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ZURICH (Reuters) - Greek investigators raided the Athens home of a former UBS banker earlier this month, furthering a probe into alleged tax evasion seven months after officials seized documents from the Swiss bank's Athens office.
The Greek government on Tuesday confirmed a Financial Times report that investigators took computers, documents and disks from the home of Christos Sclavounis on July 4 as part of the investigation.
Sclavounis headed UBS's investment banking business in Greece before becoming chairman of the Hellenic Financial Stability Fund for rescuing Greece's banks, in 2013. He resigned two years later, shortly after the leftist Syriza party took power.
Sclavounis has not been charged with any wrongdoing, a representative from the Prime Minister's office said.
UBS said it had not been informed of the raid.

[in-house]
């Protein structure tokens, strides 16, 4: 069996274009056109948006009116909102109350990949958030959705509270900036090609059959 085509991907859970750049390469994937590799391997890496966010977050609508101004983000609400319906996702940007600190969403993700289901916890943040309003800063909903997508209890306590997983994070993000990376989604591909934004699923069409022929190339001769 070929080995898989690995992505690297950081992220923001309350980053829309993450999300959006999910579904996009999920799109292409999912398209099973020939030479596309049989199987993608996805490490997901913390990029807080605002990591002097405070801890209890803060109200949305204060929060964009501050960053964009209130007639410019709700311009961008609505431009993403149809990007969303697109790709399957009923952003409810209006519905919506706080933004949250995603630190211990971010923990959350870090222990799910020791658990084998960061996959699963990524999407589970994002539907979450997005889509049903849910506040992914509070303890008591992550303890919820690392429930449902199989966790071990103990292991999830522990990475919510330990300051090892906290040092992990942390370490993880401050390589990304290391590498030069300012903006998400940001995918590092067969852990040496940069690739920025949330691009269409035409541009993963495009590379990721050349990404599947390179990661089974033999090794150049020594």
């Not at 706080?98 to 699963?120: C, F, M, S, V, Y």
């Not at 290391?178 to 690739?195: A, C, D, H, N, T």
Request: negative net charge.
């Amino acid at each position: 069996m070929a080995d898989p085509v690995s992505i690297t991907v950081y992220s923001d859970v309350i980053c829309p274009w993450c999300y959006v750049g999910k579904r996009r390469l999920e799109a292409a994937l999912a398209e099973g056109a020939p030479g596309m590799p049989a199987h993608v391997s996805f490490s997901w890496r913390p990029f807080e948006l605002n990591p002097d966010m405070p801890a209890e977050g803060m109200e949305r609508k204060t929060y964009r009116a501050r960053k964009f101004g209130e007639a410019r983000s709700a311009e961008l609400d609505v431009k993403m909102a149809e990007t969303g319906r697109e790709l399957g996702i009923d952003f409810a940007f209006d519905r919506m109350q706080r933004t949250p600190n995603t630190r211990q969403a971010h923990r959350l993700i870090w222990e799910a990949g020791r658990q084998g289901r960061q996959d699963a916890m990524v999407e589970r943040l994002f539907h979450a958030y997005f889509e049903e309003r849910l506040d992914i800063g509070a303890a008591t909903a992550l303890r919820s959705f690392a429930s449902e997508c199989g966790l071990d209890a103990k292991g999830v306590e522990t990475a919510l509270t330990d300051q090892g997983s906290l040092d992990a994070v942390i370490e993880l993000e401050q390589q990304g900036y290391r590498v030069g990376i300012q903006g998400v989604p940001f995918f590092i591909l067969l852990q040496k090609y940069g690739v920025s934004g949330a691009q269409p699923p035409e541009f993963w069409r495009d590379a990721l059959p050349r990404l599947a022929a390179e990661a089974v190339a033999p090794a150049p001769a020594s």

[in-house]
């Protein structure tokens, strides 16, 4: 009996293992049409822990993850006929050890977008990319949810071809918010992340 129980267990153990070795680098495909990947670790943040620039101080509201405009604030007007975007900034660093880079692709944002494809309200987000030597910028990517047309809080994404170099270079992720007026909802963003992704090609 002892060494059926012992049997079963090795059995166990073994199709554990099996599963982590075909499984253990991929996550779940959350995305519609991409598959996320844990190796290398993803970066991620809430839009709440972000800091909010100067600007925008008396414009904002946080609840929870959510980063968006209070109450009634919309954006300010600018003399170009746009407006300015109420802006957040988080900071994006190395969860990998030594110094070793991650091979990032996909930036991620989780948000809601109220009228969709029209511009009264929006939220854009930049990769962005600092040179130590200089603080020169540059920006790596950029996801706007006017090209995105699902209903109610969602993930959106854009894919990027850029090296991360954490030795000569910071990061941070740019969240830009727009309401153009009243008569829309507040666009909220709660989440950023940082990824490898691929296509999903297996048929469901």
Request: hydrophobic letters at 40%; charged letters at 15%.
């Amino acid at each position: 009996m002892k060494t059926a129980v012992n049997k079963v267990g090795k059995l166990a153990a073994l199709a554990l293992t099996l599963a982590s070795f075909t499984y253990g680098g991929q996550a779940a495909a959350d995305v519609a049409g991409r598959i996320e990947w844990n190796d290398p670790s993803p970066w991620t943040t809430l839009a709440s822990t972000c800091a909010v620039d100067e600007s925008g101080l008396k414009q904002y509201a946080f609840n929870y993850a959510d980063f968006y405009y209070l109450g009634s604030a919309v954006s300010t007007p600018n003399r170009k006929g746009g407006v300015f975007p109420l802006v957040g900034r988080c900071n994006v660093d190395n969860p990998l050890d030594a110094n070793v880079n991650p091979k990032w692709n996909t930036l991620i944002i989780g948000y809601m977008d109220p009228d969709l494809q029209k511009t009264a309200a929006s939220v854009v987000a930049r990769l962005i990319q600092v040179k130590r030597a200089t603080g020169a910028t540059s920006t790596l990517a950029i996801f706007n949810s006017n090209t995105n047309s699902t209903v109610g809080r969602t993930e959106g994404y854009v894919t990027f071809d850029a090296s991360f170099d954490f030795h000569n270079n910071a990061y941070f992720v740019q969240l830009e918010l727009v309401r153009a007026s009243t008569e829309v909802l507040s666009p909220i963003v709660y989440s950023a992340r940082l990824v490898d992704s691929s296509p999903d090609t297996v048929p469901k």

"We have not been contacted by the Greek authorities concerning an alleged investigation of UBS," a spokeswoman said. "There is, as a result, nothing to comment on."
Sclavounis did not respond to a request for comment.
The probe is part of a widening effort in Athens to fulfill its promise to international creditors to crack down on tax evasion and boost tax revenues.
"Greece will devote its resources and enlist the assistance and expertise of cooperating countries to ferret out wrongdoing by financial institutions and their high profile clients who attempt to evade their tax responsibilities," Greek government spokeswoman Olga Gerovasili said in a statement on Tuesday.
In December Greek prosecutors raided a UBS office in Athens, seizing records as part of an investigation into possible tax evasion by holders of large bank deposits abroad.
The raid was carried out after German authorities handed over to Greece's finance ministry information from more than 10,000 data sets on suspected tax evaders holding Swiss accounts.
A court official at the time said the bulk of accounts named in the list had been opened at UBS.
Editing by Greg Mahlich